Prayer Is a Form of Acting

An Interview with Mark Yakich

Prayer Is a Form of Acting

This week, we published new poems by Mark Yakich. Here’s a conversation about his work with poetry editor Ed Skoog.

Hi Mark! I’m interested in what thread, if any, runs through these Spiritual Exercise poems that also runs through your other books, not only the collections of poetry but also Poetry: A Survivor’s Guide and the post-Katrina chapbook Green Zone: New Orleans?

For both Poetry: A Survivor’s Guide and Spiritual Exercises I’ve been interested in subverting accepted ideas. In the former, I’ve been disappointed in the poetry guides I’ve tried to read and use over the years. They always seem to be condescending or else puerile or simply an obstacle for me in reading and writing poems. I’ve regularly felt like John Irving’s Garp: “what others often find serious, I find silly, and what others often find silly, I find serious.”

How so?

In the case of Spiritual Exercises, I’m reconsidering what it means to be spiritual, what it means to pray or be reverent. For me, being irreverent involves a much deeper understanding of reverence. It’s like satire: how does one really fathom something? One makes fun of it in a serious way. Because in order to make fun of it (e.g. Jon Stewart style) one has to understand how it works, how it’s structured, and what’s truly at stake.

You say, “For me, being irreverent involves a much deeper understanding of reverence.” Which came first for you?

I don’t think I can parse out which — reverence or irreverence — came first for me. That is, they’ve always seemed inextricably linked. When I was a small boy, I continually questioned why things were the way they were. How come I had to learn math, for example, even if I liked it and was pretty good at it. But then there was traditional religion, which has always mystified me. My mom was Protestant and my dad was Catholic so often we had to go to both mass and service on Sunday mornings, or we went to neither — as though they would cancel each other out anyway. The point is, there were so many rules, especially on the Catholic side, that bored me and that felt arbitrary. I particularly recall having to make up the number of sins at confession and not confessing to what I thought were unforgivable sins, like masturbation which I didn’t even have a word for at twelve years old. Now, of course, I have a deep reverence for masturbation even if after that act I feel much sadder and more pathetic to be a human being.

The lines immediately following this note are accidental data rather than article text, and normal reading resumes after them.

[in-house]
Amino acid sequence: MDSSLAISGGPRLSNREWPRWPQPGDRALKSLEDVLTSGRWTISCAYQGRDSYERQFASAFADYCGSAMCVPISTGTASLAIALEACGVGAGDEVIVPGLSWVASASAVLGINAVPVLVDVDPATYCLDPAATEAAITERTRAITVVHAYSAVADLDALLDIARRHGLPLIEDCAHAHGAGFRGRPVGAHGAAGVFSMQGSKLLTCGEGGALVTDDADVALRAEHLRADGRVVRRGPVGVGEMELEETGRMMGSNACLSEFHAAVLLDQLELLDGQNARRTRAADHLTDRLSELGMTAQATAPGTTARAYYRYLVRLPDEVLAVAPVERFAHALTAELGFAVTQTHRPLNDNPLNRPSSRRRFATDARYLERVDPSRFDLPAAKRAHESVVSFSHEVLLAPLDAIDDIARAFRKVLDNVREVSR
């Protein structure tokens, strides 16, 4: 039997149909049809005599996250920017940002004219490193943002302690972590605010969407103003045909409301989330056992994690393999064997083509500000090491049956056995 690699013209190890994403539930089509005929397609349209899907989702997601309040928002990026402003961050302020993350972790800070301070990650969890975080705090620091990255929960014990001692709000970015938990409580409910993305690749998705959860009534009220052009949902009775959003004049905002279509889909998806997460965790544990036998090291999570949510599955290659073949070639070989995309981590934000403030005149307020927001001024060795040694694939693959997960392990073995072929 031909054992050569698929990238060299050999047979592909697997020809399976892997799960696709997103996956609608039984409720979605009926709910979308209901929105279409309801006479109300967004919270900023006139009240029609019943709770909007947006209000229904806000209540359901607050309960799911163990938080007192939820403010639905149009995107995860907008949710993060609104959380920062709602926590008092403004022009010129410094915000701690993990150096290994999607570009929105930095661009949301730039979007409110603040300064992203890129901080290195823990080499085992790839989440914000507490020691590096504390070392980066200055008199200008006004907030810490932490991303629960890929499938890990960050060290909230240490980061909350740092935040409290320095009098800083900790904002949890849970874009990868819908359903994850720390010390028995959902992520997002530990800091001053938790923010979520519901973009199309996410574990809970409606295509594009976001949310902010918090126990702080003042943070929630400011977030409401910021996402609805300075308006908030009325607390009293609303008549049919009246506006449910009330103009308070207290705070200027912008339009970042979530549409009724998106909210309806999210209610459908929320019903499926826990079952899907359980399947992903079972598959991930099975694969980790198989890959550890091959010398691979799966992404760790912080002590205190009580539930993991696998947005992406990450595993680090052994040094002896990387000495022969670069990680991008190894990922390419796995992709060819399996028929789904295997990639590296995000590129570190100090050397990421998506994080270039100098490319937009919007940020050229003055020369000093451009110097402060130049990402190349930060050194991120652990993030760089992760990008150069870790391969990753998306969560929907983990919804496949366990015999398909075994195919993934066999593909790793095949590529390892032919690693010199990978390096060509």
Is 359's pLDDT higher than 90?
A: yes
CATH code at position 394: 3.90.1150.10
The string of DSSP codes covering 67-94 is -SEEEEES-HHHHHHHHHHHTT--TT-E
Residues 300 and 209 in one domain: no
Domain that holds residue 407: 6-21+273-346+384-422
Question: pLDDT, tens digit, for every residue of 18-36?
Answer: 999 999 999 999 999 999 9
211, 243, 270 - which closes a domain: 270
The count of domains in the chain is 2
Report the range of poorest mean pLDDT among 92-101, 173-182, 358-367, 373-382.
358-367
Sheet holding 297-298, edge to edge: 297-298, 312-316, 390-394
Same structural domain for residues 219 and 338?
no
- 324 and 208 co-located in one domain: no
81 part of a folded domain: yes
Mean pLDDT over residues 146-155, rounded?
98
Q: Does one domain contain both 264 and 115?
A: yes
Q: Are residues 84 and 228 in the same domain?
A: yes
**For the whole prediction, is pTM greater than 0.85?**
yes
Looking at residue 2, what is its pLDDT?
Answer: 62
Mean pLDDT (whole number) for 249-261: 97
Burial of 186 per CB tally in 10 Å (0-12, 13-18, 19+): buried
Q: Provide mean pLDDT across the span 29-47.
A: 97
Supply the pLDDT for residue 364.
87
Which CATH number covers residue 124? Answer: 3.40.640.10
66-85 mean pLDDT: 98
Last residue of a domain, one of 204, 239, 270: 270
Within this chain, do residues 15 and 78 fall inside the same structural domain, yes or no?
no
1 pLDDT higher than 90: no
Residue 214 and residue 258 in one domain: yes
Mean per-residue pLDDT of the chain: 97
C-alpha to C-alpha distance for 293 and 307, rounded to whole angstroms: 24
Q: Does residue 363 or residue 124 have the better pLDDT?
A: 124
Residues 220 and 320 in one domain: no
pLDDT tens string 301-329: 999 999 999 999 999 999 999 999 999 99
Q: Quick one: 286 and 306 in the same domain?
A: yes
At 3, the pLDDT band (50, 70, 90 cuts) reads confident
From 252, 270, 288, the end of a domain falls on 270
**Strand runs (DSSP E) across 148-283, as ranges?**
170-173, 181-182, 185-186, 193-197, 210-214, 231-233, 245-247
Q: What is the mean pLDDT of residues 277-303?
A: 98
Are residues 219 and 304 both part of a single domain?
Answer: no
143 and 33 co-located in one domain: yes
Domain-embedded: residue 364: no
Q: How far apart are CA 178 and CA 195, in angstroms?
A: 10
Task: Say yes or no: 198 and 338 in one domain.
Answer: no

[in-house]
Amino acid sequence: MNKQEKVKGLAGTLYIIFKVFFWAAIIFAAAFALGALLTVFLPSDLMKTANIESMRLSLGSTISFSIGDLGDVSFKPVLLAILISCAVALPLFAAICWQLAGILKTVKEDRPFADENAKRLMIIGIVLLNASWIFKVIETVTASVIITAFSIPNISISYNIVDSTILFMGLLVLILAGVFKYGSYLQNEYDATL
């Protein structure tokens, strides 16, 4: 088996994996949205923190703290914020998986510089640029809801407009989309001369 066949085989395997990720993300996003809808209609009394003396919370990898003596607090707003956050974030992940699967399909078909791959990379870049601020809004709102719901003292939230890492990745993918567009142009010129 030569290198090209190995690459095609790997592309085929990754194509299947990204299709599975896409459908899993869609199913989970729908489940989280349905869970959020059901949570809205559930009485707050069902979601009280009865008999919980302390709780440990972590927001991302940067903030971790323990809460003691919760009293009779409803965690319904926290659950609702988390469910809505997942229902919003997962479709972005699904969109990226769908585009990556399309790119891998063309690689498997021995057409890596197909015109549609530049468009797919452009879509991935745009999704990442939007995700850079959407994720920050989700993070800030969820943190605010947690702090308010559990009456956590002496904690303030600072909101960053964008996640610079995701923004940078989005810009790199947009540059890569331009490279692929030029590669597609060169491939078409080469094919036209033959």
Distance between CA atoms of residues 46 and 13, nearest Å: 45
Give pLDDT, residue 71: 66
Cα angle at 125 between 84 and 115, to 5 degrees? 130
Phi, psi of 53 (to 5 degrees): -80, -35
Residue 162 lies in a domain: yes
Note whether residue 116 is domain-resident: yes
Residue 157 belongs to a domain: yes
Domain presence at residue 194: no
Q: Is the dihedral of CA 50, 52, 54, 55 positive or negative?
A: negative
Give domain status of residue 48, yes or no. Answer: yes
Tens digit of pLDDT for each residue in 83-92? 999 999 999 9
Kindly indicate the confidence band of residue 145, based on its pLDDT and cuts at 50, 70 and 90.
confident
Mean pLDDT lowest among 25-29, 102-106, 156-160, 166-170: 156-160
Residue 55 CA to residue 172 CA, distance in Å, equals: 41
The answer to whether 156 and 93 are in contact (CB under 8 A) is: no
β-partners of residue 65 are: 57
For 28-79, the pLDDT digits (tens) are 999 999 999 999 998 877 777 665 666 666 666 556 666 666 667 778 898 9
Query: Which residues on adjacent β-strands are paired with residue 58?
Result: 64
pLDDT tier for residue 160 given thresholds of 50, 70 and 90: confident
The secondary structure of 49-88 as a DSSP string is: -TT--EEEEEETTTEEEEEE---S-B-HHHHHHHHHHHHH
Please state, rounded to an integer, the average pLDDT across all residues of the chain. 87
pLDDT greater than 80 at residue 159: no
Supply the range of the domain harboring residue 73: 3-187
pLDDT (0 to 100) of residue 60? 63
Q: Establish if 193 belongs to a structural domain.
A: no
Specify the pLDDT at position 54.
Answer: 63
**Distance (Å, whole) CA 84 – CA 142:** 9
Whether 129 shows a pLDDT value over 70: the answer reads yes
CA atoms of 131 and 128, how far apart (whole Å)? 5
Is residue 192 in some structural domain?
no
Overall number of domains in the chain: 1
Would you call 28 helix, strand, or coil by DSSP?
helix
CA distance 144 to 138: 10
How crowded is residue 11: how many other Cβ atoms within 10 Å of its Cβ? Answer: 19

I understand that the Stanislavski methods in “An Actor Prepares” are largely inspired by the Spiritual Exercises, which he knew well from growing up in the church. But they seem at odds, the private and spiritual vs. the public and expressive. Perhaps something similar obtains in comparison with poetry?

I didn’t know that Spiritual Exercises inspired Stanislavski — grand! And looking into it, I found Liam Neeson was re-inspired in his acting and his faith by the same. Neeson even says that “acting is a form of prayer,” which I can certainly agree with, and would add that “prayer is a form of acting.” Prayer, or if one prefers “spiritual exercise,” comes in a variety of forms — and is almost always in forms. That connection to poems, for me, has been — dare I say it — revelatory. To quote myself from my recent book Poetry: A Survivor’s Guide: “Poetry is a form of prayer. Though most poets don’t know to whom or for what they are praying.” Which sounds like a slight, but in fact is just a reminder that sometimes it’s okay not to know what you are praying for — that is, the act of praying is valuable, soothing, and perhaps itself enough.

As far as private/spiritual vs. public/expressive, I get your intent — how can acting, something very public, also be something spiritual which seems very individualistic? But I don’t find the two mutually exclusive. One can, for example, sing a spiritual by oneself, say in the shower, but then later also sing it with others at church. That said, I have often found praying in church very uncomfortable — kneeling there “making a pretense out of reverence before others” as I say in an essay about the shower as my most sacred space.

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